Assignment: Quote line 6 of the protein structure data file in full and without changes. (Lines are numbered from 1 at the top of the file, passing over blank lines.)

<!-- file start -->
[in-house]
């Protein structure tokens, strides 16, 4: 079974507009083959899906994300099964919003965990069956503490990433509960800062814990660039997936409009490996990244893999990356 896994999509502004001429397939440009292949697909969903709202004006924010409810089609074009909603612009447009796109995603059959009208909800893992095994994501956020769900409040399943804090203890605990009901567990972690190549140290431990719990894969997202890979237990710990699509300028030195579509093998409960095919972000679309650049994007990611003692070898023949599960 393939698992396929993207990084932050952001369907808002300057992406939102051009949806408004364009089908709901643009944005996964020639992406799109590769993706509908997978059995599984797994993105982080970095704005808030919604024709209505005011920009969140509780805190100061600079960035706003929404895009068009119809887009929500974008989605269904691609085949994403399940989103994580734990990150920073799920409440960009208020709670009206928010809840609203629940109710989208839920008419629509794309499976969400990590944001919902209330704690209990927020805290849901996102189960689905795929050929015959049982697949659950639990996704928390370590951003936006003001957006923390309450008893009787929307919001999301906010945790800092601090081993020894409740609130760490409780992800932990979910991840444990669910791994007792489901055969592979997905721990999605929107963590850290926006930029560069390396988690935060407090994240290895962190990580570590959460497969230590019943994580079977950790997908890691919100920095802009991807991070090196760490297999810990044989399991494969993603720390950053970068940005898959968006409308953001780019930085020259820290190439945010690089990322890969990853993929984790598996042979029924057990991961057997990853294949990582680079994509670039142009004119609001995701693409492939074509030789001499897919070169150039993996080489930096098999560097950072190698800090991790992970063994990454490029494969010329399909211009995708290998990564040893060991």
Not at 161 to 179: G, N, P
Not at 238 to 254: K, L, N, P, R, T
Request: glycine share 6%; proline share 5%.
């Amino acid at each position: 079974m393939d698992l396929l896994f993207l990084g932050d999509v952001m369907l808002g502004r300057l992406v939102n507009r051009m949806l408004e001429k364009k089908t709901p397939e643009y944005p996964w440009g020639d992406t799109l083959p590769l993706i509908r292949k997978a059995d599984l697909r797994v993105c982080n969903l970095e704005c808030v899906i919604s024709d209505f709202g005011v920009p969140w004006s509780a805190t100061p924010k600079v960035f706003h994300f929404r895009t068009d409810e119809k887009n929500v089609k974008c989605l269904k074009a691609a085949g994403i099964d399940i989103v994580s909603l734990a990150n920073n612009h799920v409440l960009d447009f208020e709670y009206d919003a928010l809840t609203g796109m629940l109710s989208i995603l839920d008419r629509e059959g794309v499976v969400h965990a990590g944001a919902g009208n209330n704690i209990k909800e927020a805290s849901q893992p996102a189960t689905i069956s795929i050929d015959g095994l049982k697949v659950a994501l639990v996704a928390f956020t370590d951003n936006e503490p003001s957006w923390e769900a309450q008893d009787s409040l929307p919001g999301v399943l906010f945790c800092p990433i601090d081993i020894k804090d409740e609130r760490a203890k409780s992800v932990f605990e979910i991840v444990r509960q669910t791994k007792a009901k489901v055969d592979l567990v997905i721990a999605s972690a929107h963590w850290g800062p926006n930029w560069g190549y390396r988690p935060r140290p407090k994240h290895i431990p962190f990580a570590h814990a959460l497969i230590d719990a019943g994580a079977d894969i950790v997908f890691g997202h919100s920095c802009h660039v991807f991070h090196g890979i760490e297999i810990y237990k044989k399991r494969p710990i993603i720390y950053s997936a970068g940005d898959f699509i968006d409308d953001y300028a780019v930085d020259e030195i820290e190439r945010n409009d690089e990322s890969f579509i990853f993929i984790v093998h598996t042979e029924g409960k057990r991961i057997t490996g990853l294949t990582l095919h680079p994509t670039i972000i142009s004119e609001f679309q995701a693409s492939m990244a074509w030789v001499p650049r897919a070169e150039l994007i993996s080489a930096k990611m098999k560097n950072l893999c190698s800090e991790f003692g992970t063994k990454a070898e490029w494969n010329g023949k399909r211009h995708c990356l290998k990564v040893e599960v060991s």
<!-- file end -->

């Amino acid at each position: 079974m393939d698992l396929l896994f993207l990084g932050d999509v952001m369907l808002g502004r300057l992406v939102n507009r051009m949806l408004e001429k364009k089908t709901p397939e643009y944005p996964w440009g020639d992406t799109l083959p590769l993706i509908r292949k997978a059995d599984l697909r797994v993105c982080n969903l970095e704005c808030v899906i919604s024709d209505f709202g005011v920009p969140w004006s509780a805190t100061p924010k600079v960035f706003h994300f929404r895009t068009d409810e119809k887009n929500v089609k974008c989605l269904k074009a691609a085949g994403i099964d399940i989103v994580s909603l734990a990150n920073n612009h799920v409440l960009d447009f208020e709670y009206d919003a928010l809840t609203g796109m629940l109710s989208i995603l839920d008419r629509e059959g794309v499976v969400h965990a990590g944001a919902g009208n209330n704690i209990k909800e927020a805290s849901q893992p996102a189960t689905i069956s795929i050929d015959g095994l049982k697949v659950a994501l639990v996704a928390f956020t370590d951003n936006e503490p003001s957006w923390e769900a309450q008893d009787s409040l929307p919001g999301v399943l906010f945790c800092p990433i601090d081993i020894k804090d409740e609130r760490a203890k409780s992800v932990f605990e979910i991840v444990r509960q669910t791994k007792a009901k489901v055969d592979l567990v997905i721990a999605s972690a929107h963590w850290g800062p926006n930029w560069g190549y390396r988690p935060r140290p407090k994240h290895i431990p962190f990580a570590h814990a959460l497969i230590d719990a019943g994580a079977d894969i950790v997908f890691g997202h919100s920095c802009h660039v991807f991070h090196g890979i760490e297999i810990y237990k044989k399991r494969p710990i993603i720390y950053s997936a970068g940005d898959f699509i968006d409308d953001y300028a780019v930085d020259e030195i820290e190439r945010n409009d690089e990322s890969f579509i990853f993929i984790v093998h598996t042979e029924g409960k057990r991961i057997t490996g990853l294949t990582l095919h680079p994509t670039i972000i142009s004119e609001f679309q995701a693409s492939m990244a074509w030789v001499p650049r897919a070169e150039l994007i993996s080489a930096k990611m098999k560097n950072l893999c190698s800090e991790f003692g992970t063994k990454a070898e490029w494969n010329g023949k399909r211009h995708c990356l290998k990564v040893e599960v060991s």